• John Hawver

Earnings Season, Visualized


Earnings season is here. I thought it would be interesting to take one of my csv reports and make the information easier to visually digest. The plot is below, the code at the end of the post, and I’ve added this as a new pdf report for the site, so it will update weekly like the others.





For long-term investors, earnings season can largely be ignored (see my earlier post on market noise). If earnings are going to dramatically disappoint, generally that information is telegraphed by the company well ahead of their earnings date. Occasionally there are surprises. However, in the long-term, these tend to wash out, especially if you’re invested in ETF’s.


Traders, on the other hand, live for earnings. It provides much sought after volatility. Options traders can get long or short around the earnings dates and HFT firms can trade the events. Interestingly, the volatility models for earnings dates vary quite a bit from firm to firm. Some model it with a single distribution, others use bi-modal distributions. That uncertainty provides opportunity. Unless you’re a professional options trader I wouldn’t recommend getting involved.


Finally, earnings themselves can be modeled predictively. Not unlike trying to predict stock returns using statistical methods, earnings can be modeled with a few factors using constrained regressions, and even to some extent using time series models.


Not a long post, and no great insight. But I hope you enjoy the plot, gives a better look at the calendar ahead.


Good luck.


John




***** Code to Replicate *****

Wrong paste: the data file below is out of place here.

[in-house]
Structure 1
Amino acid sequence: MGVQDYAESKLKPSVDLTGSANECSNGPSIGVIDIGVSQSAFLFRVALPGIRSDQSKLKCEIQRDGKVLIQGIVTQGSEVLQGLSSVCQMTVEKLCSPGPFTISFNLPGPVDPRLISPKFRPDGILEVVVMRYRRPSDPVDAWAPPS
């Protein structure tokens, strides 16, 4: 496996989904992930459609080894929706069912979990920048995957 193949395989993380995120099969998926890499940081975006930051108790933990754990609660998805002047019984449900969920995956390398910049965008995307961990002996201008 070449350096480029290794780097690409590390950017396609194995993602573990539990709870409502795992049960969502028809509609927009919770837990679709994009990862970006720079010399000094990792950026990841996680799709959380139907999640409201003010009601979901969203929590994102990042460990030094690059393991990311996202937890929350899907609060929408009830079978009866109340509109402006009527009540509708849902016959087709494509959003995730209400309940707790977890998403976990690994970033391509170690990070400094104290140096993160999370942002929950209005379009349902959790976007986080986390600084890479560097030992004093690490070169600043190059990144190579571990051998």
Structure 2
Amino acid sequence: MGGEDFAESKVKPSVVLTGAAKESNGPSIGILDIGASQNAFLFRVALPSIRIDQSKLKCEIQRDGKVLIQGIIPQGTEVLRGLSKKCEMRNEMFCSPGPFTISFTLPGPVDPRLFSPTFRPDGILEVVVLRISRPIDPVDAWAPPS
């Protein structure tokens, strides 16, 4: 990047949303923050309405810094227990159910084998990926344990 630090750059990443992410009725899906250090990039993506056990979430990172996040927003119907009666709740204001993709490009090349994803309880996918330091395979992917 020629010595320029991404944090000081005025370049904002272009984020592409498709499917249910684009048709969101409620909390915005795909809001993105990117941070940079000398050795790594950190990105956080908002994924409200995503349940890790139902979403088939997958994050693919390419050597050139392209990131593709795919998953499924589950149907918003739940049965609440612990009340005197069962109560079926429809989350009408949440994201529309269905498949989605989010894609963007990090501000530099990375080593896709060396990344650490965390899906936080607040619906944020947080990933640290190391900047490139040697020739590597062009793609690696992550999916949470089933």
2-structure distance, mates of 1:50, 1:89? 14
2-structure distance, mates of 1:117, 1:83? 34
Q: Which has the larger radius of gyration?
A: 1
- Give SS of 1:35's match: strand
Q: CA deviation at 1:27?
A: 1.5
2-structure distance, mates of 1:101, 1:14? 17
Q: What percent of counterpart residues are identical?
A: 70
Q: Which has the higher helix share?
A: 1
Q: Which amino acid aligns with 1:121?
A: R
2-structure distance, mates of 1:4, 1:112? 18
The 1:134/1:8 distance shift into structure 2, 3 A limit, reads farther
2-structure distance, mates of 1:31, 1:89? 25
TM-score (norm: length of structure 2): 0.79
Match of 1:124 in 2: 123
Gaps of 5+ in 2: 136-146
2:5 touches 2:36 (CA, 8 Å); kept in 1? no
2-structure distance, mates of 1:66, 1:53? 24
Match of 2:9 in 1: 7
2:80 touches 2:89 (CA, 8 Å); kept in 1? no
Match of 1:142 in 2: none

library(ggplot2)


# Get the Data

earnings_data <- read.csv('~/Dropbox/Trident/Reports/MarkFiveReports/MarkFive_SP500_Upcoming_Earnings.csv', stringsAsFactors = F)


# Setup for loop

uni_dates <- unique(earnings_data$Earnings.Date)

earn_count <- rep(NA, length(uni_dates))

tot_mkt_cap <- rep(NA, length(uni_dates))


# loop thru and group and collect data (this can be done with 'aggregate', but is not as read-able)

idx = 1

for (dt in uni_dates) {

temp <- subset(earnings_data, earnings_data$Earnings.Date == dt)

tot_mkt_cap[idx] <- sum(temp$MarketCap, na.rm = T)

earn_count[idx] <- nrow(temp); idx = idx + 1

}


# Construct data.frame

ec_df <- data.frame(date = unique(earnings_data$Earnings.Date), count = earn_count, mktcap = tot_mkt_cap)

ec_df$date <- as.character(ec_df$date)

ec_df <- na.omit(ec_df)

ec_df$time <- unlist(strsplit(ec_df$date, " "))[c(F, F, T)]

ec_df$dt <- as.Date(unlist(strsplit(ec_df$date, " "))[c(T, F, F)], format = '%m/%d/%Y')


# plot

p <- ggplot(ec_df, aes(dt, mktcap))

p + geom_bar(stat = "identity", aes(fill = time)) +

labs(x = 'Dates', y = 'Market Cap', title = paste0('Earnings Season ', year(today()))) +

theme(axis.text.x = element_text(angle = 90, hjust = 1))

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